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Have the same problem, solution above don't work for me (already uuid used) My solution was change in grub's kernel options quiet splash=silent resume=/dev/disk/by-uuid/479297bf-8f35-4c4c-8bc1-d1c19f9ce6fc splash=silent quiet showopts to quiet resume=/dev/disk/by-uuid/479297bf-8f35-4c4c-8bc1-d1c19f9ce6fc quiet


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The Linux kernel since version 3.8 abstracts UEFI variable storage as efivarfs. Mounting efivarfs If mount | grep '^efivarfs' doesn't return anything, you can mount efivarfs using this command: mount -t efivarfs efivarfs /sys/firmware/efi/efivars Now, you can browse /sys/firmware/efi/efivars to see if any variables stand out. Sorting UEFI variables by ...


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Like @Rees said. You can install a fresh OS. Shouldve thought about that too. Another thing is if you do not want to install a fresh OS you can do the Following. 1. Install a Fresh OS and the old Windows will be on the C Drive in a folder named. Windows.old Other Idea. Depending on the situation you can do the following. 2. Boot into a live cd and ...


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The kernel parameters are (or should be) shown; it's just that they're converted to UTF-16 when you create the entry and then shown in two-character form, with "." characters between entries, when you use efibootmgr -v. For instance: $ sudo efibootmgr -d /dev/sda -p 1 -c -L "Arch Linux" -l /vmlinuz-linux -u "root=/dev/sda2 rw initrd=/initramfs-linux.img" ...


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SOLUTION FOUND! The GParted Live on Hard Disk page describes very well what one needs to do in order to boot GParted Live from files copied to a folder on the hard disk. I also found some other questions here on SuperUser similar to my question. And I found references to http://www.kernel.org/doc/Documentation/kernel-parameters.txt and ...


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When you uninstalled Ubuntu by deleting the partition you probably removed the GRUB bootloader, (The part where you could select your OS when booting). You could try to fix your bootloader by borrowing (or creating) a Windows install USB or DVD. On the media exists recovery tools which can repair such problems. Alternatively, you could just create a new ...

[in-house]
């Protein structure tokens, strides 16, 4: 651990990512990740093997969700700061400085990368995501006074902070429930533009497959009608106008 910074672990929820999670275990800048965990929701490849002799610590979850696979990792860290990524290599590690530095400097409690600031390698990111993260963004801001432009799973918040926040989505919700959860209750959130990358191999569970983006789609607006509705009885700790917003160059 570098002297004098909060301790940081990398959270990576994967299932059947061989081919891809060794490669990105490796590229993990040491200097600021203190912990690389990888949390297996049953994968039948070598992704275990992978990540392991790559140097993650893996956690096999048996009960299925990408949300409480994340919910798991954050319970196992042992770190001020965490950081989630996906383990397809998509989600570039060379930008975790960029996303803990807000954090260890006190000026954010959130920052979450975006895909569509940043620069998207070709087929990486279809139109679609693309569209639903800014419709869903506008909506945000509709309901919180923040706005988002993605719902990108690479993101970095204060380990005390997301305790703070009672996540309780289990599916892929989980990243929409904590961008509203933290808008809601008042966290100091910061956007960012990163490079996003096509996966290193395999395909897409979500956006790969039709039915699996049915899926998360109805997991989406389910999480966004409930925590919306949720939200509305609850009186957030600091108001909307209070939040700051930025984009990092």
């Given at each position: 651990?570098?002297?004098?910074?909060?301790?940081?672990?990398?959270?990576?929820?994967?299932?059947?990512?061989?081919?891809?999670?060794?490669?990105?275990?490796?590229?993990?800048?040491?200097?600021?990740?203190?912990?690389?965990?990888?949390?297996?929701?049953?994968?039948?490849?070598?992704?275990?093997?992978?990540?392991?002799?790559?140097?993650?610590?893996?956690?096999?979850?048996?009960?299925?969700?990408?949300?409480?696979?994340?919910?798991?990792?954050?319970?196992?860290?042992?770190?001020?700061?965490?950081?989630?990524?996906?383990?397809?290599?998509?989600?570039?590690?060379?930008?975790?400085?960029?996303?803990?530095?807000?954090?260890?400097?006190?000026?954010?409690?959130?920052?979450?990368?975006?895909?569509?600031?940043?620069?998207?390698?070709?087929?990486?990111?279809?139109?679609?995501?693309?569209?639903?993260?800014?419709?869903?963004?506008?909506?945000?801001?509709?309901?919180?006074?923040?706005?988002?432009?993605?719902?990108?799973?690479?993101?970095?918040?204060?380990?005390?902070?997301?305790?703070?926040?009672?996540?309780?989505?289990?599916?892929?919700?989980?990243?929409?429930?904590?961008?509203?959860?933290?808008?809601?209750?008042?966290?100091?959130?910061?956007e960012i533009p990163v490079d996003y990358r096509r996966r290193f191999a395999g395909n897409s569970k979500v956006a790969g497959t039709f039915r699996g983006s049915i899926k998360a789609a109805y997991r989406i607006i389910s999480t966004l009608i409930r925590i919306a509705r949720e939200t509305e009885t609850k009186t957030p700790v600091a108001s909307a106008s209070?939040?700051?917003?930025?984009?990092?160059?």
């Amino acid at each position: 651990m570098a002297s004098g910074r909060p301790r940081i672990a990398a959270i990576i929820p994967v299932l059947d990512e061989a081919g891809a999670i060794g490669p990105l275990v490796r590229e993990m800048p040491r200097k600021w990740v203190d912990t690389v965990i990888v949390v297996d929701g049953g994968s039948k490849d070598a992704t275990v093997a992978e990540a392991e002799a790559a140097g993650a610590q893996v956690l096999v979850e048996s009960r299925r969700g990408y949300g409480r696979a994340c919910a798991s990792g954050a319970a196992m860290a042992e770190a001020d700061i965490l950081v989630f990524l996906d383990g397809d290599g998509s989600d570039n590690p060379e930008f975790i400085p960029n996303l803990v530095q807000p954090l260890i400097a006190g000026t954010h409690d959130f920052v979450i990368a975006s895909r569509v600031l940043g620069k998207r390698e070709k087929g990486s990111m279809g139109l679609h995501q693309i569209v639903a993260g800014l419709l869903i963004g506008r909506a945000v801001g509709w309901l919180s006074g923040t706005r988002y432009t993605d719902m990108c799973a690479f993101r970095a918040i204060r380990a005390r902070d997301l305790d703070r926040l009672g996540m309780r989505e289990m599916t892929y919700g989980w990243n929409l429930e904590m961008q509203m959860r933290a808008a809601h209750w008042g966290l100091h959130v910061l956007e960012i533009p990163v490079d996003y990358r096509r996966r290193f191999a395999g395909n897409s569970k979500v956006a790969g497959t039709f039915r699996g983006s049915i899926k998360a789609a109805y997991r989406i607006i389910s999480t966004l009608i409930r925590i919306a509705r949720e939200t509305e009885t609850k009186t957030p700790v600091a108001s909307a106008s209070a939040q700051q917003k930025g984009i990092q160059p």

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so after all I had a "proXPN VPN" service remaining. Every time I restart the service, my network configuration revert back with the same incorrect settings. So I installed proXPN again et uninstalled it using CCleaner. Now the "proXPN VPN" service is gone, and everything is fine.


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I don't know why this was relevant, but: In /boot/grub2/grub.cfg I needed to change the parameter resume=/dev/sda1 (the current Tumbleweed way) to resume=/dev/disk/by-uuid/[put your own UUID here for sda1] as used in Leap. And after that the boot finished successfully.


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Just to provide more information to complete the answer. The motherboard has come back from RMA. They fixed it by simply clearing the CMOS. It's something I had read, and it was the only thing I didn't do. Clear the CMOS. So clearing the CMOS (by extracting the battery for 10+ minutes or bridging the adequate jumper) can definitely solve a problem like this ...


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You did all right. Make gpt table with fat32 and copy all data from iso on it. But you also need to set flag "msftdata"(not "boot") on this partition with e.g. parted.


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I had the same problem. The advice in this thread solved it for me: http://askubuntu.com/questions/722782/unable-to-mount-ntfs-filesystem-after-upgrading-to-windows-10-on-dual-boot-syste The solution for me was to disable "fast boot" in Windows 10. More information here: http://www.tenforums.com/tutorials/4189-fast-startup-turn-off-windows-10-a.html



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